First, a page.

# Metric Spaces-BASIC DISTANCE

1. Sep 8, 2010

### mynameisfunk

OK, for metric spaces there are apparantly 3 different possibilities for the distance function in M where M is the usual Euclidean Plane:

(A) D(u,v) = sqrt((x1-x2)2 + (y1-y2)2)
(B) D(u,v) = max(|x1-x2|,|y1-y2|)
(C) D(u,v) = |x1-x2| + |y1-y2|
which somehow correspond to the picture I have attached.
A corresponds to the circle, B to the square and C to the diamond(this is supposed to be a square diamond but i created the image in paint, sorry)
Now, I understand (A) but I cannot seem to understand why (B) and (C) end up looking this way. and to be honest, I dont understand B and C at all.

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Last edited: Sep 8, 2010
2. Sep 8, 2010

### trambolin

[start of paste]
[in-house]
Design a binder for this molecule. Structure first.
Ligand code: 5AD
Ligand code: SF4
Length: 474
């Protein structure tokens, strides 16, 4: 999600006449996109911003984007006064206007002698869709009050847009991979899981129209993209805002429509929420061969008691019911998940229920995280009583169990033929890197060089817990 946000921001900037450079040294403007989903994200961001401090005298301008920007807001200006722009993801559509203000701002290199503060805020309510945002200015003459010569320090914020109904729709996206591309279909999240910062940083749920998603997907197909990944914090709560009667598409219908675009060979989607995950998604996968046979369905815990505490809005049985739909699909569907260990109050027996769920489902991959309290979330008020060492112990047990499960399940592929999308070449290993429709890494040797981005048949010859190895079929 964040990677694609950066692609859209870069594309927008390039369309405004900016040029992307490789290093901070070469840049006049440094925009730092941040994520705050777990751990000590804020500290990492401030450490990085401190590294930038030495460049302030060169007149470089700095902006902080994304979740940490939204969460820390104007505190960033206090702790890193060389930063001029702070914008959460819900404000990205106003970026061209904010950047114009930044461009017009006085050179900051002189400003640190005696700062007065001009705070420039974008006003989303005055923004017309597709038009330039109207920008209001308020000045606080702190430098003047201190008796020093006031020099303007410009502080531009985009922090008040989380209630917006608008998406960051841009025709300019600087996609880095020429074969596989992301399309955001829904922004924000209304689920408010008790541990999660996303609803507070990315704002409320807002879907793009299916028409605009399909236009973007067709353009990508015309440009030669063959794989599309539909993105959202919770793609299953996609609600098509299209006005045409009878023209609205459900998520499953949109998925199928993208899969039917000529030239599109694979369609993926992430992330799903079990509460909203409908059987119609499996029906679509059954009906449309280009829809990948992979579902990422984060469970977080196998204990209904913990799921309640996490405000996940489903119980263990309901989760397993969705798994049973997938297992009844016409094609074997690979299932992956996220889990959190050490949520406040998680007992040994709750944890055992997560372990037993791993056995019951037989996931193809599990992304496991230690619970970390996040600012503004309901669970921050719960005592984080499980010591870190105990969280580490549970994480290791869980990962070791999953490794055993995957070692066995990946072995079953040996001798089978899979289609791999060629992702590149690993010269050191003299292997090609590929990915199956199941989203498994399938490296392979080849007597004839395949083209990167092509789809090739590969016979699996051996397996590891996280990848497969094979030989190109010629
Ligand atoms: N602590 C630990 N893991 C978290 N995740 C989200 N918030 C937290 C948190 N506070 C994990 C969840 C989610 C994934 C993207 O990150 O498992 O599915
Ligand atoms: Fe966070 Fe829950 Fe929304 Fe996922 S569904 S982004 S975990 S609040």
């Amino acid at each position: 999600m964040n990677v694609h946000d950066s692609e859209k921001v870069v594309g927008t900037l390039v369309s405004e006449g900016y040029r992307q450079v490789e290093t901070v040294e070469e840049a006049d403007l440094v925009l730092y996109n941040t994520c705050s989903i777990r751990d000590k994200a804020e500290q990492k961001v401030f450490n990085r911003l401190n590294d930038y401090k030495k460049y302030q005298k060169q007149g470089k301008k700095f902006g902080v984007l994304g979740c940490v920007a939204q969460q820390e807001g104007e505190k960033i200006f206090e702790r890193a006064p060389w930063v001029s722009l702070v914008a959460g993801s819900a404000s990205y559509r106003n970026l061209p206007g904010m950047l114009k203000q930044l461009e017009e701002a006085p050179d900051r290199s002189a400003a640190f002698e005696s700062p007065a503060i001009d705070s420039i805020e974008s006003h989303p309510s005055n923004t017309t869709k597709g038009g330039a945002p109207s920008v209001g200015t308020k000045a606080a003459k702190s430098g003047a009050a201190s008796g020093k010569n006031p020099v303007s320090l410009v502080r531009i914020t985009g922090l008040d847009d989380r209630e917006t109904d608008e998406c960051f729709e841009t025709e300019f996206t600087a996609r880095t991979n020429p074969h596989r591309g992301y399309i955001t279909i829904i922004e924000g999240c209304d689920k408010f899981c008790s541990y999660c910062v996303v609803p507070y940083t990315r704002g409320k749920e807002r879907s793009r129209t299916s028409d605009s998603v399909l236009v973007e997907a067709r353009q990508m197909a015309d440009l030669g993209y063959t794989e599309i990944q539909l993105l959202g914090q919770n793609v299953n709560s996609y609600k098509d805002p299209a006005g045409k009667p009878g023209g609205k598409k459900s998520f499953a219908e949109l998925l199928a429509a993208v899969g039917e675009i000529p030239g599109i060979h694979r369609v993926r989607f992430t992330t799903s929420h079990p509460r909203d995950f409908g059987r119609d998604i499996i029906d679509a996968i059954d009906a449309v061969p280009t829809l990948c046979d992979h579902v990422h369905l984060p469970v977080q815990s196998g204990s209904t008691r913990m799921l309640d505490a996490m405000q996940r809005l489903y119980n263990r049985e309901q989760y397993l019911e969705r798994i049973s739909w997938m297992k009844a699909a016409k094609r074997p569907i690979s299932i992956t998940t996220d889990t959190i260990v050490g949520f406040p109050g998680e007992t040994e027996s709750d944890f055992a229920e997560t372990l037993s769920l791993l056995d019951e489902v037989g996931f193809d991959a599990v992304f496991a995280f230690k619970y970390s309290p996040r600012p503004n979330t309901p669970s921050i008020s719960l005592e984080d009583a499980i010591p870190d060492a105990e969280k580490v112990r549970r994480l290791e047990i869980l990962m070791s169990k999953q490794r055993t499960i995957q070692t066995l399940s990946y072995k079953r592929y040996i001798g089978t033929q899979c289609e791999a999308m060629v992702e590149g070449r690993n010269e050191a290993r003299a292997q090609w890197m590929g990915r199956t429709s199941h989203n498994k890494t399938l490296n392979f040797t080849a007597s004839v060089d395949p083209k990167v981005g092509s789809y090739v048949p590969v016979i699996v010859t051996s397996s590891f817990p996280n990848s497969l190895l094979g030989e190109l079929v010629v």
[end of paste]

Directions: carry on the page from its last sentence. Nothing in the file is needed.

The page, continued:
These are the unit balls with respect to each metric. In other words they mark the points which have the distance "1" to the origin (x_2, y_2) = (0,0). So the first one is a circle equation. The second one has the max of any coordinates, therefore max of (1,1) is 1 which is on the square. So figure out the diamond...

And you have definitely much more choices than 3. These are the most common three.

3. Sep 9, 2010

### Landau

To elaborate on trambolin's last sentence: these three are instances of a special class of metrics defined for every real p>=1:

$$d_p(x,y)= \left(|x_1-y_1|^p+|x_2-y_2|^p\right)^{1/p}$$

(A) corresponds to p=2
(C) corresponds to p=1
(B) is the extension for $p=\infty$
Besides these p-metrics there are lots of other metrics on R^2.

Last edited: Sep 9, 2010
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